Friday, April 9, 2010

Tomato, Tomahto: The politics behind your purchases

If you're anything like me, your weekly shopping trip gets more and more complicated all the time. There are just so many things to consider; local, fresh, organic, free-range and fair trade, as well as the obvious consideration of cost. Sometimes I find myself spending a good 10 minutes staring at labels, trying to figure out which item will provide me with the most nutrients without breaking the bank. Ideally, this singular purchase will land in my grocery basket with an emphatic thump, without compromising my morals or beliefs. In reality, if I can't trace the item back to its source, I don't really know where my money is going. Sometimes that emphatic thump gets muffled by packaging and labels using words such as, 'wholesome', 'nutritious', 'farm fresh' and 'traditional'.  We're told time and time again that we, the consumers, hold purchasing power and that, ultimately, we control the market. But since tracing food stuffs from your local grocery store back to the source is virtually impossible, how can you make an educated and informed decision? Can we really have purchasing power without knowledge?
The answer, quite simply, is no. For most people, standing in a grocery aisle for 10 minutes while scrutinizing a can of salmon is not an option, nor does it bear satisfactory answers. Moreover, we simply do not want to spend our downtime doing investigative research. Often, and understandably so, choices are made based on those persuasive words and  powerful images. So, if you are much like me and you don't have 10 minutes to decide which can of salmon best fits your foodie dogma, eating locally might just be the answer. Not only does it save time, but you can ask the food producer all those niggling little questions that the can of salmon couldn't or wouldn't answer.
That said, I still find myself dissecting  and analyzing labels at the local grocery store from time to time. But what about produce? What do the tiny little stickers on our fruit and veggies tell consumers? If you look closely, you'll see where they were grown and whether or not they were grown organically. Is this really enough information to make a good decision? Do we need to know more? Well, this morning I read an article that, once again, changed the way I will look at produce forever.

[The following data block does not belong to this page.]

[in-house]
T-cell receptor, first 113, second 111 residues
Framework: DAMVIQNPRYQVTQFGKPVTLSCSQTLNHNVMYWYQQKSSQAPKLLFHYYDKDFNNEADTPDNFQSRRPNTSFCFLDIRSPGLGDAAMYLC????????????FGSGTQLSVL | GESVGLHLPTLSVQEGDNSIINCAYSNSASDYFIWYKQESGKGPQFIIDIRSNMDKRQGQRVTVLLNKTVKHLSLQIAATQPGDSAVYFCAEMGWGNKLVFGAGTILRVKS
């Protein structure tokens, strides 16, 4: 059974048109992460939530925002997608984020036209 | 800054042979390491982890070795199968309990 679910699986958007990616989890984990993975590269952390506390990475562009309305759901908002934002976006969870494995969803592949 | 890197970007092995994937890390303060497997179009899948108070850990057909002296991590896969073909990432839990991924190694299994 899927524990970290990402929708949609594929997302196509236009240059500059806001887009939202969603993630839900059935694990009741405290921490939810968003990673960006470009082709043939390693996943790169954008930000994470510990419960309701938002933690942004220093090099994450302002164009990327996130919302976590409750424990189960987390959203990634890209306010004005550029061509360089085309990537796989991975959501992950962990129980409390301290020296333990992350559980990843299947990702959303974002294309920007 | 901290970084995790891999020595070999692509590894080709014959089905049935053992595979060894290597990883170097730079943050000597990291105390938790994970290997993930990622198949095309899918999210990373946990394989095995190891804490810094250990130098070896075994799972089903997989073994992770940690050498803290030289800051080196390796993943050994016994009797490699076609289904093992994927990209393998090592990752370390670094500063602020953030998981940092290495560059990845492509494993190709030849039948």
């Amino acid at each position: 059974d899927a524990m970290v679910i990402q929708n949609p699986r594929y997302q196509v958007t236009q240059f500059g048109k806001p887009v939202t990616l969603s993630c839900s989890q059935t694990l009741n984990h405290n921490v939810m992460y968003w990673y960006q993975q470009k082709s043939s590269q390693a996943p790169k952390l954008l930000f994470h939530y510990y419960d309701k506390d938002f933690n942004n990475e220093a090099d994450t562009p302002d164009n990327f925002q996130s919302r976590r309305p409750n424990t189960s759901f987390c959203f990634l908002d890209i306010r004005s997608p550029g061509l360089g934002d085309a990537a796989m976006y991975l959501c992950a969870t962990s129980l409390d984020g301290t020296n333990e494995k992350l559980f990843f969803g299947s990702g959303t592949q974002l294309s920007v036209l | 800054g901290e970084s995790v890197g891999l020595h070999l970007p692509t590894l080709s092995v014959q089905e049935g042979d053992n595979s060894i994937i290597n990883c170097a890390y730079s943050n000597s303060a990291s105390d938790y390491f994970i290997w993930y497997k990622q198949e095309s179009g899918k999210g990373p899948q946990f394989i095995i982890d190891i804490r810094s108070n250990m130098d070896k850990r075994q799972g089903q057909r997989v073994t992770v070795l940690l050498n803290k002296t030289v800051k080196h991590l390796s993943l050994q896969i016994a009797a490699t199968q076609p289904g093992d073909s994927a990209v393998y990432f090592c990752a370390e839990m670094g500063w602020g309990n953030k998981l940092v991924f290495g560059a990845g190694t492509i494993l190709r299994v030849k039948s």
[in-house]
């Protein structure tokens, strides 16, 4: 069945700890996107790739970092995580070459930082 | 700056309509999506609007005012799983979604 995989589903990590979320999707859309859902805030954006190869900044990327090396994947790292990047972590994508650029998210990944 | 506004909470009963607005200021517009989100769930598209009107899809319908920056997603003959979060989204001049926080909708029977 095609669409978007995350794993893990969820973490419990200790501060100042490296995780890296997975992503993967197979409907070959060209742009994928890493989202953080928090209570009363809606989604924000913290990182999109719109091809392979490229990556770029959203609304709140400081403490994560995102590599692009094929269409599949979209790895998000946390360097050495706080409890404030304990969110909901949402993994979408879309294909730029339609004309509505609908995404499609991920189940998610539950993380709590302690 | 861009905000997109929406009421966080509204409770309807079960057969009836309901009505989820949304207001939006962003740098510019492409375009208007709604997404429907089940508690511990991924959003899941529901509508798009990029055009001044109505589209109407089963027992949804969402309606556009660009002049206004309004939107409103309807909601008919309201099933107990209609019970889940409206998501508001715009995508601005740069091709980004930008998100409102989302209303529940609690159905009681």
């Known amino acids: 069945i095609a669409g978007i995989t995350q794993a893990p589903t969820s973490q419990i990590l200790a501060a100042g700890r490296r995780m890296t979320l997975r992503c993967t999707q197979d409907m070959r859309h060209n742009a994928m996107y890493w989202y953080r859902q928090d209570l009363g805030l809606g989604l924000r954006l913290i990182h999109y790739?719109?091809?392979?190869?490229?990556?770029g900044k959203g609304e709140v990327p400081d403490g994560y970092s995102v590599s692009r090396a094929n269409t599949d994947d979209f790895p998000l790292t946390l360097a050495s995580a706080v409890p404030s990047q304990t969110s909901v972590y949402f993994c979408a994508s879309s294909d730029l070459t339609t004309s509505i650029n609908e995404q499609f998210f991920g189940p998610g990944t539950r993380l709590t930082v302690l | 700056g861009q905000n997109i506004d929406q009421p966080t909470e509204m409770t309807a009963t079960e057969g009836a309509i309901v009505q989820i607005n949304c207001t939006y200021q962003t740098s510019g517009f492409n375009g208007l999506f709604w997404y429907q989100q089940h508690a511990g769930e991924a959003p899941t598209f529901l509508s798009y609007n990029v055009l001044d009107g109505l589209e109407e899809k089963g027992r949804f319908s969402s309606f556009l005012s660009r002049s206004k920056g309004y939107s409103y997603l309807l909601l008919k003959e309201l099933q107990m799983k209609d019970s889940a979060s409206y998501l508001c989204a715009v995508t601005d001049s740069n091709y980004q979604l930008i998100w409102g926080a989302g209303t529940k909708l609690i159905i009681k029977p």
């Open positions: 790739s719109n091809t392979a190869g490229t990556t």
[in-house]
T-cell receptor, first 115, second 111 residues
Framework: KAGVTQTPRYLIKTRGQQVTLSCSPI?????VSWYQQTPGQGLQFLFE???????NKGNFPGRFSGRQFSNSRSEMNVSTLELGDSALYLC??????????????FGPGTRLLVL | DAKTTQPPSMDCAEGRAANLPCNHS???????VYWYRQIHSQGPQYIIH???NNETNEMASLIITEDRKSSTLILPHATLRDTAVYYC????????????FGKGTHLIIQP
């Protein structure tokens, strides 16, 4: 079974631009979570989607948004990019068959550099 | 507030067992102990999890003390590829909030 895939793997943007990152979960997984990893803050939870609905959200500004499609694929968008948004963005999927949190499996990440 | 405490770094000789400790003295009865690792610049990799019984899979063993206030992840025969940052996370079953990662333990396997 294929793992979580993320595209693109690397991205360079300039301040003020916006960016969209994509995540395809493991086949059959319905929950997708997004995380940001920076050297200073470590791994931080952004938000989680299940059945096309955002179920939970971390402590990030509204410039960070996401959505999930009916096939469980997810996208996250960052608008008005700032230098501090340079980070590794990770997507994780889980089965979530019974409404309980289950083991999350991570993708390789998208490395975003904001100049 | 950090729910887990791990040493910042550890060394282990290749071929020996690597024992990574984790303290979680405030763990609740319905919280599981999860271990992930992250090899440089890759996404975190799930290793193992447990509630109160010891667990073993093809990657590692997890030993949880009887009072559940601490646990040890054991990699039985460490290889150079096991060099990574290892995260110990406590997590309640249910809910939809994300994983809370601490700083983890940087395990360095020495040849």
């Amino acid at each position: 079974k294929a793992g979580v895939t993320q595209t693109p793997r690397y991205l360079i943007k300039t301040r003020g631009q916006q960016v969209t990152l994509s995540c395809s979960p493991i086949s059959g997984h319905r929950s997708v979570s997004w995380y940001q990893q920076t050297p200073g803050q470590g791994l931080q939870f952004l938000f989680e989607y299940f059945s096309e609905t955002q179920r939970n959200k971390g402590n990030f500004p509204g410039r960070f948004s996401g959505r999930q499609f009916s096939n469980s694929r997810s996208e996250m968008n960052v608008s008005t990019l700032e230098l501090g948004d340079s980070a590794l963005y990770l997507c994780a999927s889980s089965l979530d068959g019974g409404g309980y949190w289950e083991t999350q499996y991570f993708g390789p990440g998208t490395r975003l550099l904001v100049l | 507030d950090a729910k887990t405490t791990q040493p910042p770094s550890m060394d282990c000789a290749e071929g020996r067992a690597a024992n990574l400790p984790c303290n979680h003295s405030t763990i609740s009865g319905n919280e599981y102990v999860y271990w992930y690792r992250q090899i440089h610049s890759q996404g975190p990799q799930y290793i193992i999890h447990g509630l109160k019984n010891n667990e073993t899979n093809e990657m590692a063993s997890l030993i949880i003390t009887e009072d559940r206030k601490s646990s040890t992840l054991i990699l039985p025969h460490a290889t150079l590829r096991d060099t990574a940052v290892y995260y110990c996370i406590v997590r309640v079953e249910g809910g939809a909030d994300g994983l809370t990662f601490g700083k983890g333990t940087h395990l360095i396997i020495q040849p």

A Case for Florida Farmworkers:

In order to keep up with global demand, American fruit and vegetable production has dramatically increased. Although demand and production have risen, the farmworkers who pick and pack this produce have seen their wages and working conditions either remain stagnant, or decline.
In 2001, the US Department of Labor sent a letter to US Congress describing working conditions for Florida farmworkers. The report described farmworkers as "a labor force in significant distress". Its conclusion sited farmerworkers' "low wages, sub-poverty annual earnings, (and) significant periods of un- and underemployment" as evidence of this distress. According to the 2008 USDA Profile of Hired Farmworkers, their work setting is similar to that of industrial workers. Farmworkers operate heavy machinery, which is hard physical labour. They also confront significant health risks such as sun exposure, pesticide exposure, inadequate sanitary facilities and crowded and/or substandard housing. Farmworkers earn poverty level wages, have no right to overtime pay and are not allowed to organize or collectively bargain with their employers. Due to the fact that farmwork is seasonal and unpredictable, rates of unemployment are double those of wage and salary workers. Furthermore, it has been more than 30 years since their rate of pay has risen significantly. Florida tomato pickers, for example, earn 45 cents for every 32 lb bucket of tomatoes picked. In a 10-12 hour day, workers have to pick 2 1/2 tons of tomatoes just to make the equivalent of Florida's minimum wage! In some extreme cases, workers are made to work against their will for little to no pay. This is basically modern-day slavery and absolutely despicable! Since 1997, Federal Civil Rights officials have prosecuted 7 slavery operations, involving over 1000 farmworkers!!
If you're not moved by environmental factors and you don't believe in the health risks involved in shipping food from afar, surely we can all agree on one thing: every worker, no matter what industry they work in, deserves to be fairly paid and justly treated. They deserve to make decent wages, work in a clean and safe environment, and be protected by labour laws so that they may not be exploited by their employers.
If you would like to learn more about farmworkers in Florida and what is being done to raise awareness, the entire article can be read here:

I didn't really need another reason to hem and haw in the produce section, but I'm certainly going to be extra careful when purchasing my fruits and veggies in the future. As I see it, buying local is the only way to truly know your food.
What do you think? As a consumer, how can we be sure that what we are buying isn't in direct conflict with our morals and values? Post your comments here.

No comments:

Post a Comment